Now, although it's unclear whether someone could start a firebrenly.com website (a search on whois/sedo gives conflicting information on whether firebrenly.com and firebobbrenly.com are available to disgruntled bloggers everywhere), plenty of people are happy to sound the call.

I'm not great at giving answers -- the other D-Backs blogs do a better job of that -- but I do think I'm not bad at asking questions. So in that vein, I want to ask three questions that I need answers to in order to make a proper decision on Mr. Brenly's future with the Diamondbacks.

1. Is the team performing poorly? I know what you're thinking -- are you nuts? The team is 8 1/2 games back in the worst division in baseball after a 10-game homestand against bad NL East teams. But I think it's a legitimate question for 2 reasons -- a) you have to look at the season as a whole, not just 3 bad games, and b) you may need to look at Brenly's entire career with the D-Backs. For a), I need to see statistical proof that the team is doing poorly beyond just the record. (If you look at Baseball Prospectus' adjusted standings column, for example, the D-Backs look much better.) As for b), I'm not saying that you have to look at prior seasons, but if you're making the argument that the team is doing worse than in previous seasons, you have to consider the plain fact that Brenly managed those teams, too.
2. Is the team's performance significantly attributable to Brenly? This basically gets down to Brenly's in-game and out-of-game management. Has he managed situations and lineups adequately? Has he managed personnel adequately? This is a harder question to answer because it is much easier to remember the foolish decisions that turned out poorly than the safe decisions that turned out well. And it's really hard to know what personnel decisions (e.g., trading of players) were made because of Brenly's ability or inability to manage particular players. In some sense, it's possible that a good manager for the short-term could be a bad manager in the long-term, or vice versa.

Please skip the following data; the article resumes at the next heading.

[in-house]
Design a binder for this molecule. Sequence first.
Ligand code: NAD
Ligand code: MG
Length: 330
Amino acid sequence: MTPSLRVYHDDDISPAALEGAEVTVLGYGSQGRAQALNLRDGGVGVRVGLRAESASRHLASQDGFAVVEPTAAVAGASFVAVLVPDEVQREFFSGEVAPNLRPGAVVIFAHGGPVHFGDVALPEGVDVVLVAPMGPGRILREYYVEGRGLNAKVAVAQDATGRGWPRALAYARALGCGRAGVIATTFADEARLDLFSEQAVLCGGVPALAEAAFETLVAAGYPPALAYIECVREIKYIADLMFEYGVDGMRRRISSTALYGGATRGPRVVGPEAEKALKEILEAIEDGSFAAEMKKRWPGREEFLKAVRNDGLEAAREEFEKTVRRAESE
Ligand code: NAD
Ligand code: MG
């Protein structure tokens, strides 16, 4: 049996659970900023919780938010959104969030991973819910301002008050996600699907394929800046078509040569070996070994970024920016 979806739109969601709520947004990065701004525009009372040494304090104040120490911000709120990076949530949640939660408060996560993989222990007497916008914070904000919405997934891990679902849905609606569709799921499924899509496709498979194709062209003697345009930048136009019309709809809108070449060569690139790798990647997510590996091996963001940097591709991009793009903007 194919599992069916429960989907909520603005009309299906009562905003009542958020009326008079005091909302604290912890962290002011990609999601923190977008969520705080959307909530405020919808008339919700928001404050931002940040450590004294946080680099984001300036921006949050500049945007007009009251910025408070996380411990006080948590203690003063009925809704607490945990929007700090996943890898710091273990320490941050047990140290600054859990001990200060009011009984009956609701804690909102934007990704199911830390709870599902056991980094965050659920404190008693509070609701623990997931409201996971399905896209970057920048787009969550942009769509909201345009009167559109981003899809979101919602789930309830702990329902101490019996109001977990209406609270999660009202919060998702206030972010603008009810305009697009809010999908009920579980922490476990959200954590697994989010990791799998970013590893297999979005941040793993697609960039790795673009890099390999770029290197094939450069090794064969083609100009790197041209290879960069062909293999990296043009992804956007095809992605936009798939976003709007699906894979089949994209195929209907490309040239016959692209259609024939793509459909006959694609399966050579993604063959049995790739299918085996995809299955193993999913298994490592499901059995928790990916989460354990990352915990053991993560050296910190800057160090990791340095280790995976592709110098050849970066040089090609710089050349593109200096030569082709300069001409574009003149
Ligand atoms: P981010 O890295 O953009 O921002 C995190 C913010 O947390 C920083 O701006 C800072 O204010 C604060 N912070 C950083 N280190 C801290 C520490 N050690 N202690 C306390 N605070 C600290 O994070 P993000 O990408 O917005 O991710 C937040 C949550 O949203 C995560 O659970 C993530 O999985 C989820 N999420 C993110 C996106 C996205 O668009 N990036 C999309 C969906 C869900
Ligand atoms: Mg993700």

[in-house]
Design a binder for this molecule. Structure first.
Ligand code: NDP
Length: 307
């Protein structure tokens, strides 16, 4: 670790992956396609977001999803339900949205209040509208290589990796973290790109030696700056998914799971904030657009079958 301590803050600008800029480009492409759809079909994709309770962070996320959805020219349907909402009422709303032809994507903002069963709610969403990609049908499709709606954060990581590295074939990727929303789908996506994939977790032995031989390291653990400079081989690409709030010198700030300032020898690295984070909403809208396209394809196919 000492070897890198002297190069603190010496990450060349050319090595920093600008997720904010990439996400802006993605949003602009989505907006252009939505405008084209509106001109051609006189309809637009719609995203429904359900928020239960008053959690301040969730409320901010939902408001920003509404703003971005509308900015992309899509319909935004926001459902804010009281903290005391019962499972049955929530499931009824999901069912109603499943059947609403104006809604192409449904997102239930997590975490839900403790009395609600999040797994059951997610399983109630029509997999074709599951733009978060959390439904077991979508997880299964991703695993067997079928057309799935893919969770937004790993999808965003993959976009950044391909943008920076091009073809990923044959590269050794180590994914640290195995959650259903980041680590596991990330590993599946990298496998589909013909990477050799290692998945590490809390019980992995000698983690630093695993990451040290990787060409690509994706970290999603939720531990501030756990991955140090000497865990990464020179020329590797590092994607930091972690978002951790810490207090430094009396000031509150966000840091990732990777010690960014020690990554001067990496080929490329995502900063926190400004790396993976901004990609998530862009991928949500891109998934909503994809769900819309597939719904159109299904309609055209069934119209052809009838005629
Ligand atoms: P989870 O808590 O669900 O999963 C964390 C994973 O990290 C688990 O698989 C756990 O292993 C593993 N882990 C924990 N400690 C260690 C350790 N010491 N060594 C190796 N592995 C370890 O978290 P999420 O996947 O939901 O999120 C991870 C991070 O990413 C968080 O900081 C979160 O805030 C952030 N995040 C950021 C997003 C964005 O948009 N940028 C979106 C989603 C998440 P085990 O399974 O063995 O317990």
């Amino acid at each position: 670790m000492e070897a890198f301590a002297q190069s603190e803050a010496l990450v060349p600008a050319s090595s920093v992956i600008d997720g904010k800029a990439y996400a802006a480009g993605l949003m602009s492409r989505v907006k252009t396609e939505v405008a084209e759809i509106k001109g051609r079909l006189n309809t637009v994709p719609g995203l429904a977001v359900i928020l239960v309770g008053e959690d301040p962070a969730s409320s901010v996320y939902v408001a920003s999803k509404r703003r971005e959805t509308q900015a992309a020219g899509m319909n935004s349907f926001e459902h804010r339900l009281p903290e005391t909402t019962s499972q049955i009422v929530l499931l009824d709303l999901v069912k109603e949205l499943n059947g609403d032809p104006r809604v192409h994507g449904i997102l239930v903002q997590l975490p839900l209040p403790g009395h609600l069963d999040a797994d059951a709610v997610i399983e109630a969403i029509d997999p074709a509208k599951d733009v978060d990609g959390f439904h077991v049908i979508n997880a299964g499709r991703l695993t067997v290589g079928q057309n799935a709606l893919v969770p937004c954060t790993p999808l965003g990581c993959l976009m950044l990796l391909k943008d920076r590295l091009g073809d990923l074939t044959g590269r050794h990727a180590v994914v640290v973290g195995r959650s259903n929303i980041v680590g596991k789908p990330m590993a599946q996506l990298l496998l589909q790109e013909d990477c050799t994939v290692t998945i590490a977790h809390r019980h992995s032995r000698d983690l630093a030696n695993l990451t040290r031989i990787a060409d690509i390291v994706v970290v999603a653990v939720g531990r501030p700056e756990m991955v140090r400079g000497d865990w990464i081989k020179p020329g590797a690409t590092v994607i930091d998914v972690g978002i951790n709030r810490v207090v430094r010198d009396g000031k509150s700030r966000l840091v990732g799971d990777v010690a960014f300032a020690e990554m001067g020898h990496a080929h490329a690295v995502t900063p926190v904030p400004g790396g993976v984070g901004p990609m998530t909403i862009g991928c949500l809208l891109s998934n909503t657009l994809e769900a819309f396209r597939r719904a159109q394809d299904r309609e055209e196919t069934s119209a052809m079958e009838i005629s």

3. Would somebody else do a better job? If you don't like Brenly and want to fire him now, who do you hire? Last I checked, Jack McKeon's still got a job with the Marlins. If you fault Brenly for not teaching the team fundamentals, why would you hire anybody currently on the D-Backs coaching staff? Talk radio was filled with rumors yesterday saying that Robin Yount didn't want the job. I'm not saying that there aren't candidates available at the end of the season, but I'm not sure there's anybody who could do any better of a job right now.

So, I know people have given some concrete answers to these questions, but I haven't yet been convinced fully that the answer is "yes" to any of these questions, and even if I become convinced the answer to the first two questions is "yes", I think there are a number of reasons (beyond what I listed above) to not remove Brenly until season's end.

Monday, May 17, 2004

Bono Would Approve 

Weekends tend to make one lazy, too lazy to update the blog, too lazy to win one game against the MONTREAL FREAKIN' EXPOS! Oh, well. I'd said Friday I thought the D-Backs would either sweep or be swept. Unfortunately, it was the latter.

Now, Brenly's tirade on Saturday meant one of two things. He was either A) actually mad, or B) just trying to fire up the team. Upping Gonzo's mild expletive from earlier in the week, Brenly used a Bono-approved expletive, though in a decidedly different context (no awards being handed out here).

And as soon as I read the comments, I knew -- knew -- that the "Fire Brenly" discussion would resurface. Sure enough, Dan Bickley's column this morning discusses Colangelo's defense of the manager over the team. And I expect this to be Topic A of talk radio today.

So, was Brenly mad... or just crazy (like a fox)!? Let's briefly go through what managers can and can't do.

1. In-game management: My sense is this is where most bloggers/observers give Brenly a thumbs down. Lineups (pitchers, ordering) have been OK -- he hasn't held onto a pitcher or lineup so far beyond what others would suggest. Go ahead and suggest a better 8-person squad currently on the club. His worst part has probably been specific play-calling -- at times, too aggressive.
2. Out-of-game management: Managers have some impact on what hands they're dealt, player-wise, but we'll never know how much impact Brenly had on the decision to, say, trade half the team to get Sexson, or to bring up Chad Tracy. I'm not saying he doesn't have any input, just that we don't know, so it's hard to quantify the amount of praise or vitriol to heap on the manager. But you do wish Brenly would make his team spend even more time on the fundamentals (i.e., reduce the errors).
3. Intangibles: In other words, manager as motivator. Brenly's laid-back style seemed to work well with the veteran team of 2-3 years ago, but may not work as well with this younger squad. (Then again, one of my favorite managerial moves was his putting in Mark Grace to pitch last year, which, if I recall correctly, preceded the 9-game winning streak.) Clearly, Brenly has never figured out how to manage Randy Johnson, though Randy's prickly nature may be the key to his pitching success and many managers might not deal well with him.

So, was Brenly mad? Probably. Was he trying to motivate his team? Probably more so. (Nothing else has worked so far.) Will Colangelo's defense silence the critics? Perhaps. But if the team is more than 10 back coming home from the road trip, expect the talk to resurface once again.

More coming (tomorrow, probably) on the upcoming road trip and other non-baseball stuff.